UM, city sign pact to address student housing, quality of life issues

2012-12-10T17:57:00Z UM, city sign pact to address student housing, quality of life issuesBy MARTIN KIDSTON Missoulian Helena Independent Record
December 10, 2012 5:57 pm  • 

MISSOULA -- Missoula city officials and the University of Montana agreed Monday to address a wide range of issues aimed at improving the quality of life in campus neighborhoods and the city’s downtown core.

Mayor John Engen, along with UM President Royce Engstrom and student body president Zack Brown, signed the “Community Quality of Life Initiative,” which sets forth a list of ambitious goals ranging from increased student housing to downtown parking.

“The city of Missoula and the university are inextricable,” Engen said. “We matter to each other, and we would not be the same without each other. So together, we’re going to work on planning together.”

The commitment binds Missoula and UM in a collaborative effort to see 1,000 new units of student housing built near the university within two years. The housing would likely be built near UM through a private-public partnership.

“We don’t have to build it, but we can be instrumental in making sure it gets built,” Engen said. “We’re committed over the course of the next two years to make sure there are 1,000 units of new housing available for students.”

Also addressed in the commitment is the city’s desire to win from the 2013 Legislature the authority to inspect existing residential rental properties for safety. And the commitment directs the city and UM to establish alternatives for downtown parking.

“We need to work collectively on transportation and parking issues,” Engen said. “We use remarkably valuable real estate around the university and downtown Missoula to park single occupancy vehicles. We think there’s a better way to do business.”

The commitment also joins Missoula and UM in addressing longstanding issues in the University District neighborhood.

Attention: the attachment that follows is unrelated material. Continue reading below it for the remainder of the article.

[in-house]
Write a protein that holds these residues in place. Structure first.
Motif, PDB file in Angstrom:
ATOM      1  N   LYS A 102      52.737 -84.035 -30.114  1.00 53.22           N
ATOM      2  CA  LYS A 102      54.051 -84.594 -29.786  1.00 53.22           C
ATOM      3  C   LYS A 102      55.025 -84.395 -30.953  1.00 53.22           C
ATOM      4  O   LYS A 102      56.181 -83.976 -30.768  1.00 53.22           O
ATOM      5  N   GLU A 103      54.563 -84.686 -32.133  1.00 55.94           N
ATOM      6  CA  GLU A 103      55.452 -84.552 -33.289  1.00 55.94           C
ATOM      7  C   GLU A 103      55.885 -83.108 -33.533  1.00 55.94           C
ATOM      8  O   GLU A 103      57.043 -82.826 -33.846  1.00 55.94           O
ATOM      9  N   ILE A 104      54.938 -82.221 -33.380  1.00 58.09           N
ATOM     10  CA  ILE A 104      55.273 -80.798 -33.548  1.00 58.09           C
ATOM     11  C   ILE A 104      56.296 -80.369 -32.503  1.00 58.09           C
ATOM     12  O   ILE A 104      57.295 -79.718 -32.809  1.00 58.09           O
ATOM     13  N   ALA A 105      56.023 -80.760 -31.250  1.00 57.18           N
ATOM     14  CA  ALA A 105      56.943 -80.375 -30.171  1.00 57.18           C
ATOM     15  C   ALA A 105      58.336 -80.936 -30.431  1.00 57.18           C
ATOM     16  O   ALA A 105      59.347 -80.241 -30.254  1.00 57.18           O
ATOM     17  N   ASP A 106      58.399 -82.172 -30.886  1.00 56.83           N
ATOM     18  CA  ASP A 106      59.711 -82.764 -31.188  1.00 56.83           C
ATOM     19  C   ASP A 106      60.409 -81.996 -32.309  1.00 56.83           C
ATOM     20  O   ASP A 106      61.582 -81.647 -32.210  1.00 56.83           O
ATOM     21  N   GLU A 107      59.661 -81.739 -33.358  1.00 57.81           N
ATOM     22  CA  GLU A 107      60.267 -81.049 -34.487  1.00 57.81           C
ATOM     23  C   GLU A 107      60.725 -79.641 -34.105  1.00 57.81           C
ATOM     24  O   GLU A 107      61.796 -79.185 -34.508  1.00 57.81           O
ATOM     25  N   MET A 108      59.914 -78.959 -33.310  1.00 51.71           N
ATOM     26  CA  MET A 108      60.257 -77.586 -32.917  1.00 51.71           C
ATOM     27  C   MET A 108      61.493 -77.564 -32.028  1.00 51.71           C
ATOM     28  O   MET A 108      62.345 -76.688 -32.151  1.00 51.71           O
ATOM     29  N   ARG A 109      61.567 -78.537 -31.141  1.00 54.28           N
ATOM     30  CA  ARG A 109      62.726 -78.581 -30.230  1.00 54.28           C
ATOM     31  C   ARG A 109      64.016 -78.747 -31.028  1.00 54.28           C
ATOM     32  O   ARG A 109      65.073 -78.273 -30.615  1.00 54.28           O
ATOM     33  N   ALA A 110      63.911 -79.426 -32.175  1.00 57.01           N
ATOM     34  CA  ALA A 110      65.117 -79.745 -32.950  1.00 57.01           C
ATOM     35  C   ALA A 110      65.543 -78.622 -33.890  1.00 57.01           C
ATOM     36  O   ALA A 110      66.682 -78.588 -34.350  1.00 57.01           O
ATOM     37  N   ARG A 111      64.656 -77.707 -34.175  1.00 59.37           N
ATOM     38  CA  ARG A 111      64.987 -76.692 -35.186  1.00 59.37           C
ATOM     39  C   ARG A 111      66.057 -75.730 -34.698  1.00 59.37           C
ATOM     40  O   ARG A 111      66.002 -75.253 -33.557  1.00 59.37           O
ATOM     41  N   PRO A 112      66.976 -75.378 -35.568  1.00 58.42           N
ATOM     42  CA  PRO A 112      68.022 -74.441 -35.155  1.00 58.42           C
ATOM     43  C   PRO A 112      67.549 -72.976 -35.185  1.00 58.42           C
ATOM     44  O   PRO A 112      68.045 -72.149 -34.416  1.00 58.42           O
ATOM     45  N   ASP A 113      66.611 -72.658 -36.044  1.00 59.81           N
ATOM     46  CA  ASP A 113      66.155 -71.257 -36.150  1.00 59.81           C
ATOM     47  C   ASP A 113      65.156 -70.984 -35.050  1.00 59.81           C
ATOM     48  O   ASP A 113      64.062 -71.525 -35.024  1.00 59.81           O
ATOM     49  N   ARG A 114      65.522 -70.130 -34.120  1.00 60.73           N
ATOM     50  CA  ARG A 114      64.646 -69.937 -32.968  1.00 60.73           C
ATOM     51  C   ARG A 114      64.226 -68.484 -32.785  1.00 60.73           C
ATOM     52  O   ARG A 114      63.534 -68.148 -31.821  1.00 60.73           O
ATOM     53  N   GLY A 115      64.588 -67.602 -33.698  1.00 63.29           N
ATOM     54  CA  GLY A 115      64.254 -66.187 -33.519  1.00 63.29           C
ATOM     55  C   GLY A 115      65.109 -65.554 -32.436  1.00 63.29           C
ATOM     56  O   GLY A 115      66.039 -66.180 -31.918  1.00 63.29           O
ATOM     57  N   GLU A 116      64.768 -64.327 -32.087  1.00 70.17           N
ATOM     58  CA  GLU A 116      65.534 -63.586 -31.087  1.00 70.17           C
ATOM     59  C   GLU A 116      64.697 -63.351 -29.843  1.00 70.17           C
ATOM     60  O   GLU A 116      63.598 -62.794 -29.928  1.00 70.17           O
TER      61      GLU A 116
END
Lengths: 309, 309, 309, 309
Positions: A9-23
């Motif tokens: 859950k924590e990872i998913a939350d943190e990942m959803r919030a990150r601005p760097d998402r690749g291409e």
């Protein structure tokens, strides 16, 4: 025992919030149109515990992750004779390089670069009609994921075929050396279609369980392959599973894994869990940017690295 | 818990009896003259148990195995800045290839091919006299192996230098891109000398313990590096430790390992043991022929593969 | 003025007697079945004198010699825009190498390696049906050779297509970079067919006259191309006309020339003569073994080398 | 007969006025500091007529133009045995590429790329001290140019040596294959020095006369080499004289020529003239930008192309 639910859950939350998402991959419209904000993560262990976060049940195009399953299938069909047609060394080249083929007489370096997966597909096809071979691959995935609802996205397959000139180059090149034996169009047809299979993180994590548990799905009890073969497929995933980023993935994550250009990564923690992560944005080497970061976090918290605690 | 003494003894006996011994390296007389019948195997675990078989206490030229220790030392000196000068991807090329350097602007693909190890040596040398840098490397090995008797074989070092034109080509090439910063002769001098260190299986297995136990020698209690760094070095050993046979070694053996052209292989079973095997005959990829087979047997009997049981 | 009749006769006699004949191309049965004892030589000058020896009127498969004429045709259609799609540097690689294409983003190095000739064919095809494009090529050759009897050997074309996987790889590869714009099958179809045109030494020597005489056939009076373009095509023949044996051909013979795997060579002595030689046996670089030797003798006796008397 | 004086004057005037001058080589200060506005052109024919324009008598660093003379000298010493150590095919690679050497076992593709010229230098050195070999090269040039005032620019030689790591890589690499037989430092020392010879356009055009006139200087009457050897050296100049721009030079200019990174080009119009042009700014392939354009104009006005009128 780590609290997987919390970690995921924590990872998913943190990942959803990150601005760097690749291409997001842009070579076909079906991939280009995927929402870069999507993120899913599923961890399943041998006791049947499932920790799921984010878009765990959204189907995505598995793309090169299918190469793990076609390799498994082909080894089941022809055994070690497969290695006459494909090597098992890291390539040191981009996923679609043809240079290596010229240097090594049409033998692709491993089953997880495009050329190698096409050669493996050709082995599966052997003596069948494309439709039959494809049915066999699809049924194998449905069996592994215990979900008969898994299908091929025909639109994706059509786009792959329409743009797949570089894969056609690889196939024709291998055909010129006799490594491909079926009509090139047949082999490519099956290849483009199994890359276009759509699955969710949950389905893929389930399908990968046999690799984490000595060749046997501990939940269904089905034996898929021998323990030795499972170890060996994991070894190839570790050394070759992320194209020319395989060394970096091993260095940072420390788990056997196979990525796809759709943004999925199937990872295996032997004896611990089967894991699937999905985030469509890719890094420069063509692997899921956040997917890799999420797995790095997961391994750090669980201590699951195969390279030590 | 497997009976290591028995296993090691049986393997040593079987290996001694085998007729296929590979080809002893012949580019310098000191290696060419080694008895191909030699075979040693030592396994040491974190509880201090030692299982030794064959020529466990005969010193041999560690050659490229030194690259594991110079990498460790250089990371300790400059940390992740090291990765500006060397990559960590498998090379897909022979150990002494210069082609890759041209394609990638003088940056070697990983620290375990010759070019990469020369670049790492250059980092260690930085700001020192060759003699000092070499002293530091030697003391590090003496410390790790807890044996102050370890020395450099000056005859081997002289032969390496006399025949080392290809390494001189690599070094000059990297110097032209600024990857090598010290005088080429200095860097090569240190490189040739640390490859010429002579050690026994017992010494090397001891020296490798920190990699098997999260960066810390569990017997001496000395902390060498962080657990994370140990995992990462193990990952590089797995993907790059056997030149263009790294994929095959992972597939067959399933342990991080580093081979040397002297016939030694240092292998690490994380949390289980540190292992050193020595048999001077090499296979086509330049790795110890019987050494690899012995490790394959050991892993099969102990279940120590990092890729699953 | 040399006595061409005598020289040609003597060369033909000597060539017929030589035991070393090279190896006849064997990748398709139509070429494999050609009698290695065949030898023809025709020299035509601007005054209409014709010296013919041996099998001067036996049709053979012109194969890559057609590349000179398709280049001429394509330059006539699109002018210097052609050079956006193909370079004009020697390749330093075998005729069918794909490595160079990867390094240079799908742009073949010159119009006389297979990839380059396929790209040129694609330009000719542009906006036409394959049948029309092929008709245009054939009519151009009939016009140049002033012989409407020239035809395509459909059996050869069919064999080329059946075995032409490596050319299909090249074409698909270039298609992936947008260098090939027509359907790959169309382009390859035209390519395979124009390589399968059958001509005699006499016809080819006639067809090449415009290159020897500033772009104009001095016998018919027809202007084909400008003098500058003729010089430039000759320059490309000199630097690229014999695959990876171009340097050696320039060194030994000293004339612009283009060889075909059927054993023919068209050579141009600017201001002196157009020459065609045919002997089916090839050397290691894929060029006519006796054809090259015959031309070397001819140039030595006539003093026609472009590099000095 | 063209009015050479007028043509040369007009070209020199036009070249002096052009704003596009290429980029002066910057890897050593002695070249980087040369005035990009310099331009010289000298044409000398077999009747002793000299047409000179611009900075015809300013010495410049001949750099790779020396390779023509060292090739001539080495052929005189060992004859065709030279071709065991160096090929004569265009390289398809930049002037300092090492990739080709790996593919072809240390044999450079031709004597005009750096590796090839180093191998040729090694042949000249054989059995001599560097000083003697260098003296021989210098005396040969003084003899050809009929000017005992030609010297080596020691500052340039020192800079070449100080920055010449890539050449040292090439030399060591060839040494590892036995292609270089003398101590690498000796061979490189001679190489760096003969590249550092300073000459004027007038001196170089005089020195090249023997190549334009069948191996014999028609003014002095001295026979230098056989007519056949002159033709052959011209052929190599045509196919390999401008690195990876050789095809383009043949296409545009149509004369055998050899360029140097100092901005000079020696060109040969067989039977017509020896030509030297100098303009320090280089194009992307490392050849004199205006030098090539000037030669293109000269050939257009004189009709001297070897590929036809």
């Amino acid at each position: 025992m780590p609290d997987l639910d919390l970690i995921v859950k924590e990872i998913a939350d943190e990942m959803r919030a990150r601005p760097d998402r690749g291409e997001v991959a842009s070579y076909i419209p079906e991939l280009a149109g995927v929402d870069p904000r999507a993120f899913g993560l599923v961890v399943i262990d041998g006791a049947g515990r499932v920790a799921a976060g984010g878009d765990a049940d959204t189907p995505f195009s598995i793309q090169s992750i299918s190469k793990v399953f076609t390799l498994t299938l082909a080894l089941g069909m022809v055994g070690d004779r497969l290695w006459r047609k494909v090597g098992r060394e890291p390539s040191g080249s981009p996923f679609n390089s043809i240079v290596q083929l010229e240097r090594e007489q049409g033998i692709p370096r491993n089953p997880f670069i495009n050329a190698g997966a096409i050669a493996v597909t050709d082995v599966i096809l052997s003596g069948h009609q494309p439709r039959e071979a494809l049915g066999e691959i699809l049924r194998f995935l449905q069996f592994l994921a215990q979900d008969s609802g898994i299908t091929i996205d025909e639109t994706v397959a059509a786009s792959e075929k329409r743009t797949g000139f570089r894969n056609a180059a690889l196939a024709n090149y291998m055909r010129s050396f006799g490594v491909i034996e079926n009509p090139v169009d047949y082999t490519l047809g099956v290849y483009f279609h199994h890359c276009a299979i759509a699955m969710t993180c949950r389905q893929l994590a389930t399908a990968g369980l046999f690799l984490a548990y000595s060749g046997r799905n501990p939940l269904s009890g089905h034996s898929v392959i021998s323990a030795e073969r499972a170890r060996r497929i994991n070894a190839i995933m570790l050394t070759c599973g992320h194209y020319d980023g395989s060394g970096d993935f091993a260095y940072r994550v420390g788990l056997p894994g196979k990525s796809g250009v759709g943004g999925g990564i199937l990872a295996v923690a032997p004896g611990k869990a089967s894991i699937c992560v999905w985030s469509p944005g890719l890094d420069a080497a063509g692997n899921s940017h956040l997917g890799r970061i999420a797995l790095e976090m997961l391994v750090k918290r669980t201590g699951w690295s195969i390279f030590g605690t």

Additional efforts will be made to address speeding, parties, underage drinking, litter and parking, while holding landlords accountable for the condition of their property.

“We need to apply more resources, officers and civilians throughout our community to deal with quality of life,” Engen said. “Those range from how to manage parties in neighborhoods, dogs off leash, garbage and litter. We have the beginnings of a program and will flesh that out.”

Engstrom called the commitment profound and long overdue. The agreement, he said, directs the university and the city to focus efforts and resources to make Missoula a better place to live.

“Living in a university town brings with it all kinds of benefits,” Engstrom said. “It also brings some challenges with it. This commitment makes a strong statement that we as a university and we as the city of Missoula want to come together and make this a model university community.”

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(1) Comments

  1. steeline
    Report Abuse
    steeline - December 11, 2012 5:49 am
    Being a landlord in a college town leaves a lot to be desired. There is a lot of damage done to rental property by the college kids. I am not saying all kids damage property but those that do do it well. There are some landlords that don't take care of their rentals and over charge for dumps. A 1,000 new units will put the squeeze on the "slum lords" and force them to keep their rentals up to a decient standard. Additional rental units could affect the rental rates from a supply stand point. I would much rather have my kid rent a decient and clean place than some of the other places that are available.

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